As for Leicester, you have to sympathise. Or point and laugh. Or both, at the same time: resulting in a weird squeaky noise. Tottenham's greed — taking the positives and the points — leaves little for Leicester to console themselves with. Hey guys! You got comprehensively outplayed at home! And your mugging, which you were all ready to enjoy, got flip-reversed into a much larger and significantly funnier mugging!

We Can See You Clocking Off

Based on the last month or so, it's looking increasingly likely that Manchester United's incoming football consultant, Ralf Rangnick, will not recommend that Manchester United's interim manager, Ralf Rangnick, be given the job full-time. Or if he does, there'll be some awkward laughter, and then the conversation will move on.
Obviously there's still plenty of season left to go. United were appalling in the first half against Brentford, then basically competent in the second period: if they keep improving at this rate, they'll be the greatest team in football history by the middle of next week. But for the moment, it looks like come the summertime, somebody else will be coming in.
And you have to wonder: Manchester United's players do know that Manchester United's next manager can see all this, right? Be it Erik ten Hag, be it Mauricio Pochettino, be it Thomas Tuchel or Steve Bruce or mysterious moustachioed man Kcingnar Flar, their soon-to-be boss will at some point run the tape of last night's game and see 11 men, dressed in blue and yellow, perfect strangers to one another and to the football and to this strange concept of "passing".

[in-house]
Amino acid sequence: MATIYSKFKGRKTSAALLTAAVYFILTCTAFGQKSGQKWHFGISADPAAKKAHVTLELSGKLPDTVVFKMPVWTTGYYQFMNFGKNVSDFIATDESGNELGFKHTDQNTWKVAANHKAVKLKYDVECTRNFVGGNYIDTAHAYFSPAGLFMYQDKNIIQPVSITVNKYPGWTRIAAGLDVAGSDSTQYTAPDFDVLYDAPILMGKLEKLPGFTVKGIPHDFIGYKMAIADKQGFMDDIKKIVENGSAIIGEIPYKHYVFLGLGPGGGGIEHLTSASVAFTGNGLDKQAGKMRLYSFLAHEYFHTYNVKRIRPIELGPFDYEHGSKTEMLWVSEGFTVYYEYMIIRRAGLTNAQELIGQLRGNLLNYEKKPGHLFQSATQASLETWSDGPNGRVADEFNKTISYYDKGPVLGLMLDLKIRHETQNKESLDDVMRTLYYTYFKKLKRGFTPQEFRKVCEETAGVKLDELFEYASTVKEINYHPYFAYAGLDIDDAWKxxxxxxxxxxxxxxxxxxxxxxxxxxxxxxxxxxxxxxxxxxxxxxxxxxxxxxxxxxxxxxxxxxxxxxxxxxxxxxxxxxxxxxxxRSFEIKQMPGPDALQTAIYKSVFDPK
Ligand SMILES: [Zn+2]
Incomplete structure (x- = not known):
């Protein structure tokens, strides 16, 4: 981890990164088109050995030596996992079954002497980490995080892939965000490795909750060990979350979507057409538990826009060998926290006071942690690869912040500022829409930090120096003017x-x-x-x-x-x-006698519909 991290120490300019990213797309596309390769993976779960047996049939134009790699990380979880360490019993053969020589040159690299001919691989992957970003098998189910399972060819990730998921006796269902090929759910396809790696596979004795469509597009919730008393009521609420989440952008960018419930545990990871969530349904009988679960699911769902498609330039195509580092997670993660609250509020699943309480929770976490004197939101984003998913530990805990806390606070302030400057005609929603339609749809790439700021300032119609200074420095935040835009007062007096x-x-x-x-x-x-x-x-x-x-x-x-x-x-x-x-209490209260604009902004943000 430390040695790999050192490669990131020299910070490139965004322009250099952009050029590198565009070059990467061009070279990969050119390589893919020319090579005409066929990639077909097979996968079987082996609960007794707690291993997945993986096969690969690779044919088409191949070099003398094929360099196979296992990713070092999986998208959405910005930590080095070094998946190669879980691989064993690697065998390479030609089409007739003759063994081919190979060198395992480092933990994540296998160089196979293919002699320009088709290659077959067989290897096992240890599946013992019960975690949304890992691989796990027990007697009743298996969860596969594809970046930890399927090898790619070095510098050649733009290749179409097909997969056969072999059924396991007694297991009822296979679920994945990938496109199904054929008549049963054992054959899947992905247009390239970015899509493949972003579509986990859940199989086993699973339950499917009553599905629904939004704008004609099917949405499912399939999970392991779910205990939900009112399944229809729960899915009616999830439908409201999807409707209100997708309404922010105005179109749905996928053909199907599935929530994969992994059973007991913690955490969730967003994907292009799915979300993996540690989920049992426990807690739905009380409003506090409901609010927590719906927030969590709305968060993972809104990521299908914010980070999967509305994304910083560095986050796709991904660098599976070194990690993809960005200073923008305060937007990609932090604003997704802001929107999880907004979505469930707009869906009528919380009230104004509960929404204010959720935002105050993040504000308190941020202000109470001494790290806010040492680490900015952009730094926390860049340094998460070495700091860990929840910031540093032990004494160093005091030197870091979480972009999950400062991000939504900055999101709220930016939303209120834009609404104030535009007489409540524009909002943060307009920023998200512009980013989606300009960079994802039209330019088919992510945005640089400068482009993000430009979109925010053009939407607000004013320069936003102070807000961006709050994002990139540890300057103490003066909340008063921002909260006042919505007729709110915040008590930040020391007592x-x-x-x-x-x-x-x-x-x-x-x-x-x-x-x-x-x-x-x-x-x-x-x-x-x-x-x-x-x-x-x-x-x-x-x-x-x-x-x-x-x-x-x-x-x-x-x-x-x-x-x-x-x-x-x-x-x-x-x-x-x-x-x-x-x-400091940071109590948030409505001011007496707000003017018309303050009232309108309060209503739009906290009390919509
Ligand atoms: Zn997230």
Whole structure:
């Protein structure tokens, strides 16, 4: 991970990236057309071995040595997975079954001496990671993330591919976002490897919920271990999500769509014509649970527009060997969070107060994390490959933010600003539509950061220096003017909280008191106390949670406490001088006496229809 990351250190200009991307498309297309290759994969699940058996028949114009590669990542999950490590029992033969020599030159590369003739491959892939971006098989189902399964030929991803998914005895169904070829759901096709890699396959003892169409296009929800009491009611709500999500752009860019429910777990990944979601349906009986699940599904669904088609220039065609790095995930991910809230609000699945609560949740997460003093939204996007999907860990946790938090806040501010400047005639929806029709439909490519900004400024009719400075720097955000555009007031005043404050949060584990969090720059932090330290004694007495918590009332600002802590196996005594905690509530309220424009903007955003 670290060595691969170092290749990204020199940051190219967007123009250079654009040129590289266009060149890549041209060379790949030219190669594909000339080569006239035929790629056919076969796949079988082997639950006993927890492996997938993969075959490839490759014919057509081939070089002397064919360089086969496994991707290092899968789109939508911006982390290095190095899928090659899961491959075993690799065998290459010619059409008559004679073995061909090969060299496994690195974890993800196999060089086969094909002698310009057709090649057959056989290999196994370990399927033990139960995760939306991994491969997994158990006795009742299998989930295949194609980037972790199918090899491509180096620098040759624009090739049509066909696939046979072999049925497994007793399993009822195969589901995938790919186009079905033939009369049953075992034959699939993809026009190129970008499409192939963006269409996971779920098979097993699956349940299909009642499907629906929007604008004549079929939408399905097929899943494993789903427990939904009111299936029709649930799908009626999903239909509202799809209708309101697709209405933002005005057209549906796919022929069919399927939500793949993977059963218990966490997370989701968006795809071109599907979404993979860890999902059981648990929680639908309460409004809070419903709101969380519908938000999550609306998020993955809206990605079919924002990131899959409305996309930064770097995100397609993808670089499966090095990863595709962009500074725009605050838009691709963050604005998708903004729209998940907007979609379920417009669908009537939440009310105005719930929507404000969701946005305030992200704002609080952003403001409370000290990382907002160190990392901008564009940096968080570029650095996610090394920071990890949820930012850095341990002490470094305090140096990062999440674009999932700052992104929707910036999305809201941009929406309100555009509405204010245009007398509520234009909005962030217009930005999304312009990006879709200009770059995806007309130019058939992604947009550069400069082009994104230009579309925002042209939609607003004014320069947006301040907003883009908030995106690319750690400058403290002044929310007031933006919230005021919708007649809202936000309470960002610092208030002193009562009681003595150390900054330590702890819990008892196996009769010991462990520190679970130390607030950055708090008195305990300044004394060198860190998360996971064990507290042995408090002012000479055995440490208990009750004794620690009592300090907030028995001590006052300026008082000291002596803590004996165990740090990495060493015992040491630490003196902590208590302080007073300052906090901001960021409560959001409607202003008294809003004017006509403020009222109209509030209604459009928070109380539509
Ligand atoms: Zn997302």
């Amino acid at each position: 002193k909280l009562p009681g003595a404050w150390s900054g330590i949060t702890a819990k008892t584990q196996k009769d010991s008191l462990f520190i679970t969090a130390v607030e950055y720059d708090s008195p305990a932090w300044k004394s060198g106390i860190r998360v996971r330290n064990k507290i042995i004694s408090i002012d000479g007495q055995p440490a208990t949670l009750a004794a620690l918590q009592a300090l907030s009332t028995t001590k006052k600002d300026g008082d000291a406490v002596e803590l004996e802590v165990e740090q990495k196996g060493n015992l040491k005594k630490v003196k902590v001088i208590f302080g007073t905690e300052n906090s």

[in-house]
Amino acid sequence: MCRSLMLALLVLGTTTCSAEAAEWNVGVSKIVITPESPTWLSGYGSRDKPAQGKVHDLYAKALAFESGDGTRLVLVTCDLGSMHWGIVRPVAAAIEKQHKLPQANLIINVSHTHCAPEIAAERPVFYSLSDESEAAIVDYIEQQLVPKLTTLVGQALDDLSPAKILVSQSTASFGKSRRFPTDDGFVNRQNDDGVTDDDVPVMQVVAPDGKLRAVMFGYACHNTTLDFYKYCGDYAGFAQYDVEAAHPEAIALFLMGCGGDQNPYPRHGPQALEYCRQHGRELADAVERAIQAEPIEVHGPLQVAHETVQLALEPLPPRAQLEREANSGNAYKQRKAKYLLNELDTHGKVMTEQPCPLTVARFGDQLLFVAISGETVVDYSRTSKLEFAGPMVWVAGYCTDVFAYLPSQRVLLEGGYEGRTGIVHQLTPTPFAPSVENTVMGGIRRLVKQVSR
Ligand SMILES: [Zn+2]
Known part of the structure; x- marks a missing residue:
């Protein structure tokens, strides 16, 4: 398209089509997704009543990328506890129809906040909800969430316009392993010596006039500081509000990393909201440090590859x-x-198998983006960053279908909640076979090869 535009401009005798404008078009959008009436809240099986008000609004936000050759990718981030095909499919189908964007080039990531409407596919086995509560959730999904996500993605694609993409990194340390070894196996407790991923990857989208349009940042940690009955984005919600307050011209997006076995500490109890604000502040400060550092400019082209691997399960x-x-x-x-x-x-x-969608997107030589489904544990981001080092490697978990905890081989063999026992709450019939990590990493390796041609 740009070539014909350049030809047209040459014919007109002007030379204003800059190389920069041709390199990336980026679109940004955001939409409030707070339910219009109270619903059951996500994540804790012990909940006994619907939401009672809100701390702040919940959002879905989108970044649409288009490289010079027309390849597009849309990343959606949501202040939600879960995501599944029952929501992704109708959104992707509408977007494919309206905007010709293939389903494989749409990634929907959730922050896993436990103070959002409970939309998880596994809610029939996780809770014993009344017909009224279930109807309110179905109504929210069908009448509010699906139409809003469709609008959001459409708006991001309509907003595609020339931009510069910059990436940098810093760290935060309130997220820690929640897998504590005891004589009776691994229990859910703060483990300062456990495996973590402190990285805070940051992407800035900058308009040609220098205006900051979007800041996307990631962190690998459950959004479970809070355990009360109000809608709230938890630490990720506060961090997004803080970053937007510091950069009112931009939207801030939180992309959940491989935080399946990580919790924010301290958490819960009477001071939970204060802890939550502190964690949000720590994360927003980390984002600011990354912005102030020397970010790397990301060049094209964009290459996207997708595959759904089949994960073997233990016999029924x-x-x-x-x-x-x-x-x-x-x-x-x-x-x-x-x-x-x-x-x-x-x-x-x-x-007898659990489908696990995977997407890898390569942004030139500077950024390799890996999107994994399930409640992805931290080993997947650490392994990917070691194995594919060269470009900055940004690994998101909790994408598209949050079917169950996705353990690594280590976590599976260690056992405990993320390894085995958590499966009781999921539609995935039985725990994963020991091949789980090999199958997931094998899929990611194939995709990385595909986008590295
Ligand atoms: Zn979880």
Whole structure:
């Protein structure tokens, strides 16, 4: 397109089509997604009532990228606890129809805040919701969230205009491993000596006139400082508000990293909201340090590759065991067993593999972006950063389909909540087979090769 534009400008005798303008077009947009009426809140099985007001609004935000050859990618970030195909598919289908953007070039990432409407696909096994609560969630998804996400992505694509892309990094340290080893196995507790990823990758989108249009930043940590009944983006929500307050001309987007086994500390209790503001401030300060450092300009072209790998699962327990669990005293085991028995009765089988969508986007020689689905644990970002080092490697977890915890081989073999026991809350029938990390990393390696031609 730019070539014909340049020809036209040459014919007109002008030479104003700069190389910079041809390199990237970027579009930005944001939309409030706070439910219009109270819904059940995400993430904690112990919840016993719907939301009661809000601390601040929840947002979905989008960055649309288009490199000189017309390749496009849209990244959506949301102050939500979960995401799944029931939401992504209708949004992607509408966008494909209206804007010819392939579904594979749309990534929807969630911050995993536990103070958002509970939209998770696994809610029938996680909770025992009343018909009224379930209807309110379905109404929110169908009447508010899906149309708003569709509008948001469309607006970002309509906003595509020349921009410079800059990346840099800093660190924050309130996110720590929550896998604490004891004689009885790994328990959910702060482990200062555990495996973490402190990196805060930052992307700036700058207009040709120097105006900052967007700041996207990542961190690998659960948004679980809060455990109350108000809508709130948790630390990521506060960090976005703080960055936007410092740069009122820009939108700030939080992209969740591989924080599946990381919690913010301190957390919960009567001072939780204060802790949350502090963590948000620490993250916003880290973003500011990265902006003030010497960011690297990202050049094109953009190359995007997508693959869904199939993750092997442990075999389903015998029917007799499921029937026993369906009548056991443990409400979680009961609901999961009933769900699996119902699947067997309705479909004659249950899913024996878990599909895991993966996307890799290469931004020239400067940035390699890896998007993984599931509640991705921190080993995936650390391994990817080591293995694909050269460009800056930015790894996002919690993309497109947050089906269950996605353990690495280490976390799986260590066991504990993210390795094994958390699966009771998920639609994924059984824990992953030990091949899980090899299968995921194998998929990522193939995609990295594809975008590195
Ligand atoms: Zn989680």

That's Thomas Frank after the game. Salty, yes. Begging to be retweeted with hypodermic needle emoji and laugh-cry emoji and "cry more", absolutely. But his diagnosis of the first half: well, he's not wrong, is he? "Smashed them" and "destroyed them", both about right. Neither as good as "scored against them," but such is life.
Decent for 70 minutes against Aston Villa, then wretched for the last 20. Miserable for the first 45 against Brentford, then 3-1 winners after 90. And all this against a background of drip, drip, drip into the press. Players unhappy. Players unsettled. Players think their new manager is a bit too loud.
There was plenty to enjoy in the second half for United's new manager, whoever and wherever they might be. Goals from Anthony Elanga, Mason Greenwood and Marcus Rashford suggest that, whatever else is going on, the kids are alright. A tweak to the midfield brought Bruno Fernandes into the game, so that's another positive. Put the best player in his best position and he makes things happen.
And Cristiano Ronaldo went and sat on the steps and did his best Do You Know Who I Am? act, which is probably going to prove quite useful for any incoming manager that decides Ronaldo, player or man, isn't worth the bother. In-game management already looks complicated enough, nobody needs to be handing out ego massages to ageing goalscorers that have decided they're too good to sit on a chair. You're 36 years old, Cristiano. Sit on a chair. For your back's sake, if nothing else.